It's an interesting premise really. You see, I have read dozens of books that have tackled the subject of slavery and have felt deeply about the subject through the writing of some very talented authors, but Octavia E. Butler, through writing about a modern day woman traveling back in time, gave me something that no one else has until now. The ability to see, fear and be angered about a free woman with all the advantages of her time being taken into slavery and have her rights taken from her.

There is also this interesting ancestry connection between present day, main character Dana, and some of the people living in the 1800's where Dana is taken to. That adds a fascinating piece as the reader imagines how her presence in the past might effect her life in the present.

I only wish that she would have gone a bit further, however. While there are scenes where the brutality of slavery showed through, there was entirely too much liberty given to the main character because of her position with the plantation owners son. That, coupled with a few minor inconsistencies, and writing that was very, very pleasant, but nothing to blow my socks off, makes this a C rating.

Still, I have recommended this book highly to both my mother and my daughter-in-law and I recommend it to you. I am not at all sorry to have read Kindred, and I know that not everyone will have the hangups that I do, plus it truly is a remarkable angle that gave me something different than other novels on the subject. ( )
  StephLaymon | Aug 12, 2018 |
By Octavia E. Butler
Beacon Press

"I never realized how easily people could be trained to accept slavery."

Caught in a fantasy time travel, Edana "Dana" Franklin travels between her successful career and happy marriage to Kevin, a white man, in 1976 Los Angeles to a woman slave on a plantation in Maryland in 1815. Without papers, you are assumed a slave and treated as one. Dana had no papers.
While in Maryland slaves were strictly controlled by patrollers who regularly shipped and beat the workers for no reason, until they were unable to stand. Then force them back into the fields. They would tape the women to sell the babies.
Dana was one of the few who could read and write and was used by her master for her abilities, then would be beaten for acting like an "educated nigger".
The brutality and course treatment is so vivid, so real....a beautiful but horrifying novel.
Octavia E. Butler is a rare author who can inspire such depth, such feeling....this absorbing and emotional novel is a must read.

......I cant find the words to say I much I loved this book!!! It blew me away on so many levels, I am looking forward to reading more of her work. ( )
  over.the.edge | Aug 10, 2018 |
Showing 1-5 of 195 (next | show all)
no reviews | add a review

» Add other authors

Author nameRoleType of authorWork?Status
Butler, Octavia E.primary authorall editionsconfirmed
Crossley, RobertIntroductionsecondary authorall editionsconfirmed
Gyan, DeborahCover artistsecondary authorsome editionsconfirmed
Leon, JanaCover artistsecondary authorsome editionsconfirmed
Nuenning, MirjamTranslatorsecondary authorsome editionsconfirmed
Otoo, Sharon DoduaForewordsecondary authorsome editionsconfirmed
Ross, RachelCover artistsecondary authorsome editionsconfirmed
Rummel, PeterTranslatorsecondary authorsome editionsconfirmed
Schwinger, LaurenceCover artistsecondary authorsome editionsconfirmed
Staunton, Kimsecondary authorsome editionsconfirmed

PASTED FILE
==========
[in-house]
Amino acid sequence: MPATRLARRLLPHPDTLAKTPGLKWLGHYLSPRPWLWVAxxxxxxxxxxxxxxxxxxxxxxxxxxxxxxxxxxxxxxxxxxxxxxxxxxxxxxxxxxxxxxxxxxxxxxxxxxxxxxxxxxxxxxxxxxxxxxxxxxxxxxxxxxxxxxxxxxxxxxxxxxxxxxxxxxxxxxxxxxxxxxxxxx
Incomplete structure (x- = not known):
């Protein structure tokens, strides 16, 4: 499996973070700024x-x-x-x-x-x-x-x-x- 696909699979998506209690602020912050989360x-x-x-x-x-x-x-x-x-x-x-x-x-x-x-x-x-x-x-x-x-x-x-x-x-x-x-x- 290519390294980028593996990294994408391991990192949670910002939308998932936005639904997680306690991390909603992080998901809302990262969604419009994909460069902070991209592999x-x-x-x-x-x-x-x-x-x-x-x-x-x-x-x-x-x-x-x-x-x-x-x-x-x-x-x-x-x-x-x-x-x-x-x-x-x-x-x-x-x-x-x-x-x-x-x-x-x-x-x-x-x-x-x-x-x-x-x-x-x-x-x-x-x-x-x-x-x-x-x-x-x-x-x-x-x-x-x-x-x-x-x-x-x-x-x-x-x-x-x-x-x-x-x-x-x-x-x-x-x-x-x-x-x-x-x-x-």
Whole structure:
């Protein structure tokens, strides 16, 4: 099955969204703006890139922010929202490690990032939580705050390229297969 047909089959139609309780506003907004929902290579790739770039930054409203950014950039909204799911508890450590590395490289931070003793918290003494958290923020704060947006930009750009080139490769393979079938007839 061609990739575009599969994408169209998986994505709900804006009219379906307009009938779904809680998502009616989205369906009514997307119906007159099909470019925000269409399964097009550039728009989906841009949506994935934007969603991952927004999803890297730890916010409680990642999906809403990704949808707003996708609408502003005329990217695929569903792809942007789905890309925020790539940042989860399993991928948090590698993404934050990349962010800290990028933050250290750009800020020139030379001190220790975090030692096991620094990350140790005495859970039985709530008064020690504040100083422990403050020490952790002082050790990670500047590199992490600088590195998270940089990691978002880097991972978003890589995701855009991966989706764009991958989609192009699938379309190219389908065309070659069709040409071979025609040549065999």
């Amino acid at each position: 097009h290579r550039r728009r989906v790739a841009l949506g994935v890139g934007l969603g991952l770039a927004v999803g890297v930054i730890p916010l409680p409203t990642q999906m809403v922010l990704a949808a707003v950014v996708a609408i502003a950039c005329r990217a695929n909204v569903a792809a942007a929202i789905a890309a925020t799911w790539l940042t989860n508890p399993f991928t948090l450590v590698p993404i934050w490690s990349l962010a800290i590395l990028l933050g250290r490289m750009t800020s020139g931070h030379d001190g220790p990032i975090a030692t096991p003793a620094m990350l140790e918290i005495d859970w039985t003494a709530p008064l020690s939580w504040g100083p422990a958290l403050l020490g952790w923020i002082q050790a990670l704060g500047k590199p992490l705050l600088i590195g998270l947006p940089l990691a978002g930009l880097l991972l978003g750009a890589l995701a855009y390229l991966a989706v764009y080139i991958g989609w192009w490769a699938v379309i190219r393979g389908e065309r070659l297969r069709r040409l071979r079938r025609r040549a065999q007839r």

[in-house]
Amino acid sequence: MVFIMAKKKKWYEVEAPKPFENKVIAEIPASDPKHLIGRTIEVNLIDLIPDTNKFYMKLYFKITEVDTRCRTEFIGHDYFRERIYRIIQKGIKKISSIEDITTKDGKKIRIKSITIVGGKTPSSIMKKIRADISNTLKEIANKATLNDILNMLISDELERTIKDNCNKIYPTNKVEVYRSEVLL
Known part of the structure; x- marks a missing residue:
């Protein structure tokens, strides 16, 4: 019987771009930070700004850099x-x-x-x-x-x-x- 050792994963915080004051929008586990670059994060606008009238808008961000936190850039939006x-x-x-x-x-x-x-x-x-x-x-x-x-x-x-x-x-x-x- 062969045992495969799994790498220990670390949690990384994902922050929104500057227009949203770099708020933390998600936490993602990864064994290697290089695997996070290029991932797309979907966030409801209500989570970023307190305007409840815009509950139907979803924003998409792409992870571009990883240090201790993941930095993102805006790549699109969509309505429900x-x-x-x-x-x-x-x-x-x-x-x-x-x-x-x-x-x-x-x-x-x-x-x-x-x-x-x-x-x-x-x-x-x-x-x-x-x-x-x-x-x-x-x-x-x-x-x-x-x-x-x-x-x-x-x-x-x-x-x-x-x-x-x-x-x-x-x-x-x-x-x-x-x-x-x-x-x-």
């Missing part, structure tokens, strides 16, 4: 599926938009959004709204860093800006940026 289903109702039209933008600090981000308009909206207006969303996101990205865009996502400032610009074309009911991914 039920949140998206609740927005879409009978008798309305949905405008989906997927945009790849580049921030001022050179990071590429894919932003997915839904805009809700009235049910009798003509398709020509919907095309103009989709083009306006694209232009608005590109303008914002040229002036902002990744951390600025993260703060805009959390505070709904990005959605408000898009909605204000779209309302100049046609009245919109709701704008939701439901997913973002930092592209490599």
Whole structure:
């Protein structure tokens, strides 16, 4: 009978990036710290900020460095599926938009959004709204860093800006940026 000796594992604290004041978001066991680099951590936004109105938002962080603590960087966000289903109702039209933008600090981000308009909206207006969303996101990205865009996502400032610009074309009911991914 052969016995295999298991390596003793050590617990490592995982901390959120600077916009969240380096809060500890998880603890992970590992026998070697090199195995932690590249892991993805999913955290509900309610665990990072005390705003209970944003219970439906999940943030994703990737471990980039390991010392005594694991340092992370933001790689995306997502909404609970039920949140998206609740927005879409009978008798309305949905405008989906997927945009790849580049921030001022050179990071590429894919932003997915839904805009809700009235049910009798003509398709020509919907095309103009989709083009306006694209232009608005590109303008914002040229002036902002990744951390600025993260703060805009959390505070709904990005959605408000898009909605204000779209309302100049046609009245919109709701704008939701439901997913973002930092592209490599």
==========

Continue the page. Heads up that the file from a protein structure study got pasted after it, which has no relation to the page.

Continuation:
You must log in to edit Common Knowledge data.
For more help see the Common Knowledge help page.
Series (with order)
Canonical title
Original title
Alternative titles
Information from the German Common Knowledge. Edit to localize it to your language.
Original publication date
Important places
Important events
Related movies
Awards and honors
To Victoria Rose,
friend and goad
First words
I lost an arm on my last trip home.
Last words
(Click to show. Warning: May contain spoilers.)
Disambiguation notice
Publisher's editors
Publisher series
Original language
Canonical DDC/MDS

References to this work on external resources.

Wikipedia in English (1)

Book description
A young African-American woman is mysteriously transferred back in time leading to an irresistible curiosity about her family's past.
Haiku summary

Amazon.com Product Description (ISBN 0807083690, Paperback)

Dana, a modern black woman, is celebrating her twenty-sixth birthday with her new husband when she is snatched abruptly from her home in California and transported to the antebellum South. Rufus, the white son of a plantation owner, is drowning, and Dana has been summoned to save him. Dana is drawn back repeatedly through time to the slave quarters, and each time the stay grows longer, more arduous, and more dangerous until it is uncertain whether or not Dana's life will end, long before it has a chance to begin.

(retrieved from Amazon Thu, 12 Mar 2015 18:13:33 -0400)

(see all 7 descriptions)

Dana, a modern black woman, is celebrating her twenty-sixth birthday with her new husband when she is snatched abruptly from her home in California and transported to the antebellum South. Rufus, the white son of a plantation owner, is drowning, and Dana has been summoned across the years to save him. After this first summons, Dana is drawn back, again and again, to the plantation to protect Rufus and ensure that he will grow to manhood and father the daughter who will become Dana's ancestor. Yet each time Dana's sojourns become longer and more dangerous, until it is uncertain whether or not her life will end, long before it has even begun.… (more)

» see all 6 descriptions

Quick Links

Popular covers


Average: (4.18)
0.5 1
1 6
1.5 1
2 20
2.5 12
3 160
3.5 66
4 389
4.5 93
5 444

Beacon Press

2 editions of this book were published by Beacon Press.

Editions: 0807083690, 0807083100

Recorded Books

An edition of this book was published by Recorded Books.

» Publisher information page

Is this you?

Become a LibraryThing Author.


About | Contact | Privacy/Terms | Help/FAQs | Blog | Store | APIs | TinyCat | Legacy Libraries | Early Reviewers | Common Knowledge | 128,971,018 books! | Top bar: Always visible